When the American legal precedent protecting women’s right to an abortion in the United States, Roe versus Wade, was overturned last year, women around the world felt anxious.
In Australia, despite abortion being legal, there was increasing concern about women’s ability to access abortion. This led to a Senate inquiry into universal access to reproductive health care.
This inquiry has now concluded. A key recommendation is that:
all public hospitals within Australia […] provide surgical pregnancy terminations, or timely and affordable pathways to other local providers.
This recommendation has been welcomed by abortion advocates around the country. But why is a recommendation like this necessary? Why don’t hospitals already provide abortions?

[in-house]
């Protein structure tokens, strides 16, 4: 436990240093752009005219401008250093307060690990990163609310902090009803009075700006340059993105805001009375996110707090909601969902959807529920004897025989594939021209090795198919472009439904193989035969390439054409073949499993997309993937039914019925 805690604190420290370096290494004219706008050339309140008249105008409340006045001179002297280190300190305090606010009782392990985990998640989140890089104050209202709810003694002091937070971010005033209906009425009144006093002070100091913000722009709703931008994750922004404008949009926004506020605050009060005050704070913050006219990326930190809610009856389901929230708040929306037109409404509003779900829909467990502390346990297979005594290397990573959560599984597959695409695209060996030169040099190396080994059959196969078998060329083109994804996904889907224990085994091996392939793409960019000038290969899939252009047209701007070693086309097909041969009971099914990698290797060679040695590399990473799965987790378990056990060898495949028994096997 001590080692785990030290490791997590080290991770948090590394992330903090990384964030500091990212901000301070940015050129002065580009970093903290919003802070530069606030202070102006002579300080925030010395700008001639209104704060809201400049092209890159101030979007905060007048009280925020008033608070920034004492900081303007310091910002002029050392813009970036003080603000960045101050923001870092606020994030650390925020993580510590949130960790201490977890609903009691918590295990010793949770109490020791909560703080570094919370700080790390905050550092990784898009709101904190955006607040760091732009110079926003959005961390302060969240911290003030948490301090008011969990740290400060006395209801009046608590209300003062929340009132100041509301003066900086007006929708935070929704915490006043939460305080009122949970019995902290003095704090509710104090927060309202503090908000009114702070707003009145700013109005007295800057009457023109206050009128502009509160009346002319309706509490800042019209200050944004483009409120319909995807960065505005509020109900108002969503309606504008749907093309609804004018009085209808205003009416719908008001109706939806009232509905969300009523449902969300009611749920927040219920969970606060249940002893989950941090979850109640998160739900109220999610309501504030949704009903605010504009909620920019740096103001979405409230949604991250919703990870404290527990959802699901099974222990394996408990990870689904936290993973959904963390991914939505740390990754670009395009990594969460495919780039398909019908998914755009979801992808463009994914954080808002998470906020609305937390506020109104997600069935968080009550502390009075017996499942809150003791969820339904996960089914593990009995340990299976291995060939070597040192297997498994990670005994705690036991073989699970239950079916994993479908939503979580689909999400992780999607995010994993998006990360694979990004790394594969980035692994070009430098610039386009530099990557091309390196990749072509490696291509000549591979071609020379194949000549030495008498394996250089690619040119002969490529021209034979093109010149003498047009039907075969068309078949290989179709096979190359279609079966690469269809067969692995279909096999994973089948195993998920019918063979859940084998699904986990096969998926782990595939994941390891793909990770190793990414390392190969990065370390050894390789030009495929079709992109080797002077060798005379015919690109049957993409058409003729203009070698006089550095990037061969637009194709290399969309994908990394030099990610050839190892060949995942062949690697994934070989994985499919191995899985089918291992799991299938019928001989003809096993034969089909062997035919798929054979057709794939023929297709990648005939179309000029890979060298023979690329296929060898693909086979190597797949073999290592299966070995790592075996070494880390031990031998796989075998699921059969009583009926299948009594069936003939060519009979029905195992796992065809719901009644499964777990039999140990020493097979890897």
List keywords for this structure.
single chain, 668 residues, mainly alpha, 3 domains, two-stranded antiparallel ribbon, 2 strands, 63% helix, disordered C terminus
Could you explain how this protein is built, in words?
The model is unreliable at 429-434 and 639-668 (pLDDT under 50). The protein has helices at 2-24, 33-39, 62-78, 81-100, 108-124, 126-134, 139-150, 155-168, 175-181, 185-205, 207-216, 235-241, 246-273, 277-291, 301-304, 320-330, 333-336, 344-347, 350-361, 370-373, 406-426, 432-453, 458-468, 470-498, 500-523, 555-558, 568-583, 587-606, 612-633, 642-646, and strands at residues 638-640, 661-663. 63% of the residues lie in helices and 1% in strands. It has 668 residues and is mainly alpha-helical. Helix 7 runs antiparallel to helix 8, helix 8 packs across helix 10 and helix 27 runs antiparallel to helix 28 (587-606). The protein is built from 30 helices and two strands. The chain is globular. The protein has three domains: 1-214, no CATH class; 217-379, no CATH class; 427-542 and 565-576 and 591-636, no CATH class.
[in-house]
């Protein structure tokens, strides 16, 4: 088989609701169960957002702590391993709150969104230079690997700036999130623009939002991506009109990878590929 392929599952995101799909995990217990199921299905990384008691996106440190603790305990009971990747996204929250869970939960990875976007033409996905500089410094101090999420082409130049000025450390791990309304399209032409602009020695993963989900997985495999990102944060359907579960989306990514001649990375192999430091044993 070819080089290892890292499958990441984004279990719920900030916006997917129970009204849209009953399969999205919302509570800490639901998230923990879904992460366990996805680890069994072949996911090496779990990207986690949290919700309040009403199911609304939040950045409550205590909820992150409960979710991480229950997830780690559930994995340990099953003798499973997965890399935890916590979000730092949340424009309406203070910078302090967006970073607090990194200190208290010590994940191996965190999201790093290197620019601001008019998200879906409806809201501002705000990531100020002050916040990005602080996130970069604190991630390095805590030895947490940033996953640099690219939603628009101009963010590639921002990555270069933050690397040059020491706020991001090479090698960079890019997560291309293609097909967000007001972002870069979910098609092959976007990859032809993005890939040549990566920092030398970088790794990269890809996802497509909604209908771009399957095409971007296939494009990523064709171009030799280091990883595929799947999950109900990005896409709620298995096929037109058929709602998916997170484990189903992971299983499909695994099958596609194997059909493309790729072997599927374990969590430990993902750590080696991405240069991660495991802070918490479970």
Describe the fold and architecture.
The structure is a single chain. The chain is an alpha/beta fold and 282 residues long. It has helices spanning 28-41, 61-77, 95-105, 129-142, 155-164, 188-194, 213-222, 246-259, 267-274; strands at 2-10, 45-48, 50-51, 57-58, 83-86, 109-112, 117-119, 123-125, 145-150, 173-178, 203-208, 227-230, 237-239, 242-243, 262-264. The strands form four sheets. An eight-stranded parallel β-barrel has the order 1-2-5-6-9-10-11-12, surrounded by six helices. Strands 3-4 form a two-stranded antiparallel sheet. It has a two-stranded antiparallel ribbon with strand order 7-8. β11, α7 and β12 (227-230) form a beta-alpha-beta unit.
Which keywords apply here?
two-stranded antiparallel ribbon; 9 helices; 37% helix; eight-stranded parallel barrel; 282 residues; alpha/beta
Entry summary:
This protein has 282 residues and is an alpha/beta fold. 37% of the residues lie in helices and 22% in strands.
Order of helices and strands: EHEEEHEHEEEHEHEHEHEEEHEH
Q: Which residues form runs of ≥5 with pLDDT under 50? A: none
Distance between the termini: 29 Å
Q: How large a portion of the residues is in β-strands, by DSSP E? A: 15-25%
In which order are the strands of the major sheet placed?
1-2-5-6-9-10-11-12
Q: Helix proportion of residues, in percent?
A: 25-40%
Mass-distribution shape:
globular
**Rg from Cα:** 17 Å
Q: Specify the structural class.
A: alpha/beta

Training on how to provide abortion has not been a routine part of gynaecology or GP training and there is a shortage of trained providers, particularly for complex cases.
Hospitals haven’t felt obligated to provide abortions. To date, no-one has held them accountable for providing this essential service. There has also not been any regional-level planning to ensure services are locally available.
The Senate inquiry recognises many public hospitals, particularly women’s hospitals, that receive public funding are faith-based and will not allow abortions to be delivered at their premises, even if the doctors and nurses want to offer them.
While the recommendations are a step in the right direction, action is needed to translate these recommendations into actual services on the ground. The government’s response is eagerly awaited.